PROFILE — Teen spent 8 weeks canoeing to his summer job
15-year-old had to look out for himself in the wilderness
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The view from the water changed every day on Zev’s trip, as he passed through mountains, prairieland and forest. (Image submitted by: Karsten Heuer)
Claim to fame
When COVID-19 restrictions started, Zev decided he had to get out of the house.
That’s when he decided that instead of getting a ride to his summer job with Churchill River Canoe Outfitters in Missinipe, Sask., he would canoe there.
Zev managed to reach his final destination on June 29, after 59 days in the wilderness.
While Zev’s dad and some friends joined him for part of the trip, he covered much of the more than 2,000-kilometre distance alone.
Well, not totally alone.
His dog, Blaze, remained by his side from start to finish.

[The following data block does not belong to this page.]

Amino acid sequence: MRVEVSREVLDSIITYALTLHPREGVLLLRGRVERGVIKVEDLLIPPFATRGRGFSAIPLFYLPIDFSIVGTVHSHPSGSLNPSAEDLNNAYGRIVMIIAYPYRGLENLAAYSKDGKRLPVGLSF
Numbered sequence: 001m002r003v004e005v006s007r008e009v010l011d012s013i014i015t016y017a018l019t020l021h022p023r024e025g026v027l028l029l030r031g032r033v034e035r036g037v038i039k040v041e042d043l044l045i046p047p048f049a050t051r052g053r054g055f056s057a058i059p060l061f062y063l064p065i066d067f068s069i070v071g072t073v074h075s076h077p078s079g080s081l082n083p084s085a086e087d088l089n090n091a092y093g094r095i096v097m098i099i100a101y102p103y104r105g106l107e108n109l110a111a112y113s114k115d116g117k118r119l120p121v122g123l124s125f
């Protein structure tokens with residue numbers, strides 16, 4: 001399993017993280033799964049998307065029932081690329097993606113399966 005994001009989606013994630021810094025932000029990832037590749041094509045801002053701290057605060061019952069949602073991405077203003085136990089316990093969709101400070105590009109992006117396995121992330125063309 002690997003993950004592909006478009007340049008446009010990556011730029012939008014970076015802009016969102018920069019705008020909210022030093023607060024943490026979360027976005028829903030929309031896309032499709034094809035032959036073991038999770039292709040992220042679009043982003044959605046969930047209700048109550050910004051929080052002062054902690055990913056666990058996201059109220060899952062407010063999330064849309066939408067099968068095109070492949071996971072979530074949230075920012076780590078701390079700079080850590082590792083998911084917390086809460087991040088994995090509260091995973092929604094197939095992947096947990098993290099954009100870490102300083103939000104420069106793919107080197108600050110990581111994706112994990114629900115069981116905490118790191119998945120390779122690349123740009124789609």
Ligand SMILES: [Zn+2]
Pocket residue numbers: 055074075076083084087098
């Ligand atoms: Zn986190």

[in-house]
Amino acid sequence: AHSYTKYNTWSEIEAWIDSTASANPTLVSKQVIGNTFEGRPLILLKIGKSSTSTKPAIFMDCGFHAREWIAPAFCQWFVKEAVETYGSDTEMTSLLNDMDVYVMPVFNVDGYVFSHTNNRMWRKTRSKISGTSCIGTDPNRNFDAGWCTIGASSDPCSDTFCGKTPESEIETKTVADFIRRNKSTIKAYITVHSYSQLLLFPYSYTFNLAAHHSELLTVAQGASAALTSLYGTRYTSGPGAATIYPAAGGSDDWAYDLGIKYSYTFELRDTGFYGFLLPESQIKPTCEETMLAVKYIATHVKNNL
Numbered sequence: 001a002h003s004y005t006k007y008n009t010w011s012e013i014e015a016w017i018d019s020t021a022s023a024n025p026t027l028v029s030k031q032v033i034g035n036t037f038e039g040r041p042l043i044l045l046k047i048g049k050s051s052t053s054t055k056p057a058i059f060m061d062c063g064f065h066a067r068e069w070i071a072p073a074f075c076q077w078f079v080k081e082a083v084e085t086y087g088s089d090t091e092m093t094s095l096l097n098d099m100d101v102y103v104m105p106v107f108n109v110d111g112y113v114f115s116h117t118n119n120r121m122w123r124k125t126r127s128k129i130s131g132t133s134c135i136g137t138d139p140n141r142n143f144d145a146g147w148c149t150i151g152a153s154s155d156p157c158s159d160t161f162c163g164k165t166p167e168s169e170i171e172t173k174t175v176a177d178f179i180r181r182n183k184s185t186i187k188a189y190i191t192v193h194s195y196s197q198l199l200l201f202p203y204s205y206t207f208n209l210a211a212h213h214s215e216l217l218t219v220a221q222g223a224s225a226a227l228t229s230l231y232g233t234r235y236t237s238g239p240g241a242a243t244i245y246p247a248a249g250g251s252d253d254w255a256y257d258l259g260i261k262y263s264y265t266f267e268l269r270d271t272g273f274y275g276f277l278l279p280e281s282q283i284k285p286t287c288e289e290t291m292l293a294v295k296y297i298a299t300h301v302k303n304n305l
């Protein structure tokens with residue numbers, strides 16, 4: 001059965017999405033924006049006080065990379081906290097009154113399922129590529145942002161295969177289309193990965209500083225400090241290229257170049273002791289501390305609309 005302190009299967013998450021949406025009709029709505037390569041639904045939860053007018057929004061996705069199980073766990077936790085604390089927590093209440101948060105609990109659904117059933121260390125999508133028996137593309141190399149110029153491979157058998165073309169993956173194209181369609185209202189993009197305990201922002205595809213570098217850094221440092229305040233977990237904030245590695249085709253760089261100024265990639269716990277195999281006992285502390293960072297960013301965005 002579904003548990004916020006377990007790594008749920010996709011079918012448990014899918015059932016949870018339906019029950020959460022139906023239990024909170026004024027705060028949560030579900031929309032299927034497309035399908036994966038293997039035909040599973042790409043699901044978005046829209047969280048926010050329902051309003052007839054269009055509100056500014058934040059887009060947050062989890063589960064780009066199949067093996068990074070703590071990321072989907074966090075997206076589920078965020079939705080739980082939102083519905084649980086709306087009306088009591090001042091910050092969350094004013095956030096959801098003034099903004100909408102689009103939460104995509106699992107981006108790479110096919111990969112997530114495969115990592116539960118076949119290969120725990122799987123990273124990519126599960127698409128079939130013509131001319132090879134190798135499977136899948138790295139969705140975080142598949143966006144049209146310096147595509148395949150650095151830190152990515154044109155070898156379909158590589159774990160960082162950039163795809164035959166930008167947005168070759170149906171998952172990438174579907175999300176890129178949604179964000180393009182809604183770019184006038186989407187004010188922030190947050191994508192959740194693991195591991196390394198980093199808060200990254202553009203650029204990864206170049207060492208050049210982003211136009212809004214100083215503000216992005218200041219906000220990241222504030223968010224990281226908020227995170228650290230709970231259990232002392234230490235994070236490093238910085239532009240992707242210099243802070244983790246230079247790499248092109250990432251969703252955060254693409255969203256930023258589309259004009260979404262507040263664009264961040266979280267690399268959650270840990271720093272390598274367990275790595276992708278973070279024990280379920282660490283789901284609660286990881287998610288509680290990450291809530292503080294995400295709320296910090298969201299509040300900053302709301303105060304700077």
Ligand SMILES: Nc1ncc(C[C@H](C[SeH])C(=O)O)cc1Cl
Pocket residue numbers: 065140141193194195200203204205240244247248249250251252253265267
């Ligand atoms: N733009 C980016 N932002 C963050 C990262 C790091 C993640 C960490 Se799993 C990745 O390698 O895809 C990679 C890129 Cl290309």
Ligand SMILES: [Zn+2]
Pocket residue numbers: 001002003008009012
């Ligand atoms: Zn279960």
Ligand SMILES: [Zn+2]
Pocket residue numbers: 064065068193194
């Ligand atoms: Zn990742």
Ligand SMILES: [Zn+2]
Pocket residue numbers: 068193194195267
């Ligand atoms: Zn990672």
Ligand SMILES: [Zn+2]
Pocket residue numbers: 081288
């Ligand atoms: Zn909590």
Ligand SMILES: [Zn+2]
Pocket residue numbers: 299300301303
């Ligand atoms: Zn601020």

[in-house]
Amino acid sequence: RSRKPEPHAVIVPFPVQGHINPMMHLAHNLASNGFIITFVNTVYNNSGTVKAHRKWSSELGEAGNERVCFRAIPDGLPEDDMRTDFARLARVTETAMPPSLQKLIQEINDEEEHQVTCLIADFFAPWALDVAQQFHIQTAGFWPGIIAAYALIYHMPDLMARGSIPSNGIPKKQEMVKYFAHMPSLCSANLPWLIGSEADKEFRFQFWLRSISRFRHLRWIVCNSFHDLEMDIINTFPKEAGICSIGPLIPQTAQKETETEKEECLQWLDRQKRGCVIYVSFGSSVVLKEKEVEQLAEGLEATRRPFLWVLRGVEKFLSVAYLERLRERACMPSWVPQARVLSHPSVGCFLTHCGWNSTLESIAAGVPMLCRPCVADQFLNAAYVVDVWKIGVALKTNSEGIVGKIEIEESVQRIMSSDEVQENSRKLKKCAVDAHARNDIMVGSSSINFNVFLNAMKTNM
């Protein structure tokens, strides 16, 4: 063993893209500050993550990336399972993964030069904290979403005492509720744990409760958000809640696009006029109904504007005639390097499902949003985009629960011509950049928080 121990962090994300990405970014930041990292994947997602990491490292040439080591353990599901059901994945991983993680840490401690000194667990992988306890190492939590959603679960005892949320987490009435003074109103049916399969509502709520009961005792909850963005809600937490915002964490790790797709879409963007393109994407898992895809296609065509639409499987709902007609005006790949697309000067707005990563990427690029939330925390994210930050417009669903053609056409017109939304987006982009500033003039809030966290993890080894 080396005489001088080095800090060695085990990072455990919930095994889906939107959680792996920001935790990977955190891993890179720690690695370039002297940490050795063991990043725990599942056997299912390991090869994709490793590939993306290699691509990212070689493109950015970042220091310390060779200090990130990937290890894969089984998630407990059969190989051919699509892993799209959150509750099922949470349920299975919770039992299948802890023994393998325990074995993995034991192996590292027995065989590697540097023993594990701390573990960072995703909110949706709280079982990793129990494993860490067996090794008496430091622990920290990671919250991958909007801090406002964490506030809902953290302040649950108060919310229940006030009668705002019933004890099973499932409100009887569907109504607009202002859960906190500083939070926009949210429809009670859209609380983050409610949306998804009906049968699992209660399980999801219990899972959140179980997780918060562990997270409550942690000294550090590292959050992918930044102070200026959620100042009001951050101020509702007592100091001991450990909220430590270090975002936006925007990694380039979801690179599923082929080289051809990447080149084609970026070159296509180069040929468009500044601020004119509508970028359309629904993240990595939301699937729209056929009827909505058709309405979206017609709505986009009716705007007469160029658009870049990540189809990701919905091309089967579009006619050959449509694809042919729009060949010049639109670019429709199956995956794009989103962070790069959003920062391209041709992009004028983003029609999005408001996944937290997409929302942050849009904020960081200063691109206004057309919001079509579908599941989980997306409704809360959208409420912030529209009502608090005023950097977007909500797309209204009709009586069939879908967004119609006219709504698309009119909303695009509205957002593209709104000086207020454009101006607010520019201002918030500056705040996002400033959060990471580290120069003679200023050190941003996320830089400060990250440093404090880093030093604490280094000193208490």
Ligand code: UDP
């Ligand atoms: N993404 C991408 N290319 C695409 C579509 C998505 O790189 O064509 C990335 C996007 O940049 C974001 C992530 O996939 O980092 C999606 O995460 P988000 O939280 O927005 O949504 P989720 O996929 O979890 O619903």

Zev said his canine co-adventurer, Blaze, barely whined, even when he had to be on board the boat all day. (Image submitted by: Karsten Heuer)
"I was on my own and hadn't really been on my own before. Everything kind of felt a little bit careful and cautious and kind of like holding your breath." - Zev Heuer
Zev, who has been canoe tripping with his parents since he was a baby, said he feels “super comfortable” in a canoe.
Still, travelling solo meant he had to learn to look after himself — and his gear.
Zev had to do more than paddle his canoe — he also had to pull and carry it. (Image submitted by: Karsten Heuer)
Once, he had to wade out into waist-deep water to catch his boat before it drifted downstream, after forgetting to secure it on shore.
As he prepares to start his summer job — and the next phase of his life — Zev said he now feels better prepared to deal with whatever challenges might come his way.
Zev said getting through some tough portages helped build his confidence that he can get through other challenges in life. (Image submitted by: Karsten Heuer)
No matter what the obstacle might be, he said, you can always compare it to a difficult portage — when you have to carry your canoe over tough terrain.
“You can say, 'Oh this is nothing,’” Zev said. “'I can do this.'”
After arriving at his summer job site in style, Zev will spend the next two months working at an outfitter shop for canoe trippers.
Then it’s back to school in September.
TOP IMAGE CREDIT: (Submitted by Karsten Heuer)
With files from Kendall Latimer/CBC Saskatchewan